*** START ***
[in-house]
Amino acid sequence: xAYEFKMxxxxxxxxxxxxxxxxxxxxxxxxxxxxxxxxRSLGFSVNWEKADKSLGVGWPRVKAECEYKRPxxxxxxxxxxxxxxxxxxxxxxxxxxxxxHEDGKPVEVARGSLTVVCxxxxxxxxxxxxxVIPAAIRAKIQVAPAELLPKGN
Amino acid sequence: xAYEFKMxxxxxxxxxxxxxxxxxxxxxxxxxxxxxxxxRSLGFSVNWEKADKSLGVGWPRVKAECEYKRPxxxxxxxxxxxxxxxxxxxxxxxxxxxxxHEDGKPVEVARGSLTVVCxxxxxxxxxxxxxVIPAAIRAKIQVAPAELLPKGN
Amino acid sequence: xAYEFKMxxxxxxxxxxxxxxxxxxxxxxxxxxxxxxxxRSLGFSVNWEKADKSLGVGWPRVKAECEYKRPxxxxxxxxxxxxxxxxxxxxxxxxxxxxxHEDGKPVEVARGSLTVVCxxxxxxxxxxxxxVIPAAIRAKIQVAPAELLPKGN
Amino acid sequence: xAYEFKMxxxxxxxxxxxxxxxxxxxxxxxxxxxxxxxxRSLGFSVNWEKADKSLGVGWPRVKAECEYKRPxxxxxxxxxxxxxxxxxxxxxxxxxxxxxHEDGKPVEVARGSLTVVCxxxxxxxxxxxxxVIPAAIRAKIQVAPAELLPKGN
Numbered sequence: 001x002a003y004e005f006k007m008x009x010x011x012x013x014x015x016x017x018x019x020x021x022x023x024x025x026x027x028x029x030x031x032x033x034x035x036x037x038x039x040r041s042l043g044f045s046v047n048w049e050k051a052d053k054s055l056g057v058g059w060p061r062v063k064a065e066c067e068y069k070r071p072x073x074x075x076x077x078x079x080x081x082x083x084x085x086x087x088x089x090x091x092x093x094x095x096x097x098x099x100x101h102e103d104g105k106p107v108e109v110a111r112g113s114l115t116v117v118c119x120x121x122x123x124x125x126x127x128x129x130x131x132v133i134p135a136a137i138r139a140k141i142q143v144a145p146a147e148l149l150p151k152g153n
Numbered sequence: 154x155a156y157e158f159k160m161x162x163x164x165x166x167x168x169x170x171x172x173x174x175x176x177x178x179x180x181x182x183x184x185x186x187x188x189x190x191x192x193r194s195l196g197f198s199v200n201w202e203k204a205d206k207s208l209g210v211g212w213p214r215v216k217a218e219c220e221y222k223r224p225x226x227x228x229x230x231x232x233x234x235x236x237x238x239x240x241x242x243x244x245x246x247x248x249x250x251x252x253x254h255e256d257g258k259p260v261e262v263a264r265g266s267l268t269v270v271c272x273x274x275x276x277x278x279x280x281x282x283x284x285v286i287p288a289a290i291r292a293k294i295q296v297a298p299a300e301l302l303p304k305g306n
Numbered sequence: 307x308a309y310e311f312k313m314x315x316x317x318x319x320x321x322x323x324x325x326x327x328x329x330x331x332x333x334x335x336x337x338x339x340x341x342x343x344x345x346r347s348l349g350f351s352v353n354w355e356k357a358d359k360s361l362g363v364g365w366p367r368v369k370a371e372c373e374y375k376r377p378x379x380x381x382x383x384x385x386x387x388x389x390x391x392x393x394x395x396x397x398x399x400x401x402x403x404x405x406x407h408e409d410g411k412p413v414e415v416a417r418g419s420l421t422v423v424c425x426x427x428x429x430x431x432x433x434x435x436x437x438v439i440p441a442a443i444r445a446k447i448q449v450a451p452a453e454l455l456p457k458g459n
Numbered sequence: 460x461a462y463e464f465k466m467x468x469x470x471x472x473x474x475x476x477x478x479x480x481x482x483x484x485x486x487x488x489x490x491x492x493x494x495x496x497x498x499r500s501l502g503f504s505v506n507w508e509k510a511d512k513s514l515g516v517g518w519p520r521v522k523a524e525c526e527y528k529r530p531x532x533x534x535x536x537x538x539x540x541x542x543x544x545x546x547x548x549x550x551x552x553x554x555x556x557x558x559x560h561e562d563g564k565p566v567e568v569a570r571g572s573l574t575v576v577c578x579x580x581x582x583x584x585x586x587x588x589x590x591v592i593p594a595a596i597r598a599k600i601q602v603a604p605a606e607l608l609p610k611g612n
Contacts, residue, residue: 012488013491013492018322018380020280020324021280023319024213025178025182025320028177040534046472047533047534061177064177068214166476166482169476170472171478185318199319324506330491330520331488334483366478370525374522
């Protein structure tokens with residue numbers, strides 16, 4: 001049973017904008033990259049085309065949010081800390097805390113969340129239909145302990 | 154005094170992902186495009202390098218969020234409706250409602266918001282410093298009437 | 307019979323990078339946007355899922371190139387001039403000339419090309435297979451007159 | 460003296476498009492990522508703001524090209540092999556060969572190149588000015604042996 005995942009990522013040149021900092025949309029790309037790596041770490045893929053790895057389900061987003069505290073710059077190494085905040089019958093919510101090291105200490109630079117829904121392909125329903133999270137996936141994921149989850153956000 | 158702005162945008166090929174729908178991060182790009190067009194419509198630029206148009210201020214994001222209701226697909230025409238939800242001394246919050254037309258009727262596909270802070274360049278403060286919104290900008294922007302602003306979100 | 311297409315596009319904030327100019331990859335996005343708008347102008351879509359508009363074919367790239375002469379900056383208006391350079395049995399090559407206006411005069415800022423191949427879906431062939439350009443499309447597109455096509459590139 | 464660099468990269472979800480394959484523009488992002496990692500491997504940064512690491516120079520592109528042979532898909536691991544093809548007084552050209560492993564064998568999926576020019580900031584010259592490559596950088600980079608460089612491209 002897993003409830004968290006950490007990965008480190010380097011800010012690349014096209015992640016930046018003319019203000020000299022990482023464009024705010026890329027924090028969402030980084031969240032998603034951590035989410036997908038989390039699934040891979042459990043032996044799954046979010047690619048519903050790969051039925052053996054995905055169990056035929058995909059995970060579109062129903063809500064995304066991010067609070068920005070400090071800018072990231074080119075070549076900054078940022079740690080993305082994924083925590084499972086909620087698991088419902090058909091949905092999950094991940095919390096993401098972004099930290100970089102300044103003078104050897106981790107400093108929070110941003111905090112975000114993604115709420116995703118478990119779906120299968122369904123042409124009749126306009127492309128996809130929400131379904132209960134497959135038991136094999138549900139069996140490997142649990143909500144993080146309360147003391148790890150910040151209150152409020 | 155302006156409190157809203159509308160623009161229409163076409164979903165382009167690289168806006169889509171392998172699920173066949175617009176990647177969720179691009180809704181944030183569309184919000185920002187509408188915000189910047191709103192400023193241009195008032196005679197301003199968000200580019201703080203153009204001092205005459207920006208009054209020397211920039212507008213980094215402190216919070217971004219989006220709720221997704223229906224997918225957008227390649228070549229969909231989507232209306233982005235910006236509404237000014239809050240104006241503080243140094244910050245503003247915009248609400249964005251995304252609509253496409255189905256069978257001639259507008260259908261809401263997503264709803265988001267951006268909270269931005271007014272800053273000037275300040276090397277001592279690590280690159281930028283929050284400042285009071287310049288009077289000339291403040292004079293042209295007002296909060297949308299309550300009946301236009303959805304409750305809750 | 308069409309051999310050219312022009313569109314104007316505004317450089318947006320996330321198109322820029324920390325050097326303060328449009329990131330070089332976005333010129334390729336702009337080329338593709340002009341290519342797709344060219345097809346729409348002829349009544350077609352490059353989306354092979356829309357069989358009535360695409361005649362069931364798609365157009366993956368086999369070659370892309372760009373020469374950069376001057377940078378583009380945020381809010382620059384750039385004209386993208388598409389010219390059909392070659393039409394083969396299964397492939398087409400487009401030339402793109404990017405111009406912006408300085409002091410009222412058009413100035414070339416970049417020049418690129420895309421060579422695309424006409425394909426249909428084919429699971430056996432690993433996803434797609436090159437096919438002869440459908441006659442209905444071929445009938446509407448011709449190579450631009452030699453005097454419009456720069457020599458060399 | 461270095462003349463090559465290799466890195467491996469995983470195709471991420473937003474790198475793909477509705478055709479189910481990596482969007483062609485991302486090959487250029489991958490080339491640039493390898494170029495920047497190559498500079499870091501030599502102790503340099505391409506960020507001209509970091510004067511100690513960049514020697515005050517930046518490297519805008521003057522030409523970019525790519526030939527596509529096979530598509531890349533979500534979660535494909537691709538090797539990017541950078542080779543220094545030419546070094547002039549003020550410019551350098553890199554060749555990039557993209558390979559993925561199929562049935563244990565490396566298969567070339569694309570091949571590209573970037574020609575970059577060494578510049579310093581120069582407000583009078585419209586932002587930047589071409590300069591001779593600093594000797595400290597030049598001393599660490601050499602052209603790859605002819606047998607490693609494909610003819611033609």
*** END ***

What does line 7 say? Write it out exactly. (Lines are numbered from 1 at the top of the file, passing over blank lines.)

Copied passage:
Numbered sequence: 154x155a156y157e158f159k160m161x162x163x164x165x166x167x168x169x170x171x172x173x174x175x176x177x178x179x180x181x182x183x184x185x186x187x188x189x190x191x192x193r194s195l196g197f198s199v200n201w202e203k204a205d206k207s208l209g210v211g212w213p214r215v216k217a218e219c220e221y222k223r224p225x226x227x228x229x230x231x232x233x234x235x236x237x238x239x240x241x242x243x244x245x246x247x248x249x250x251x252x253x254h255e256d257g258k259p260v261e262v263a264r265g266s267l268t269v270v271c272x273x274x275x276x277x278x279x280x281x282x283x284x285v286i287p288a289a290i291r292a293k294i295q296v297a298p299a300e301l302l303p304k305g306n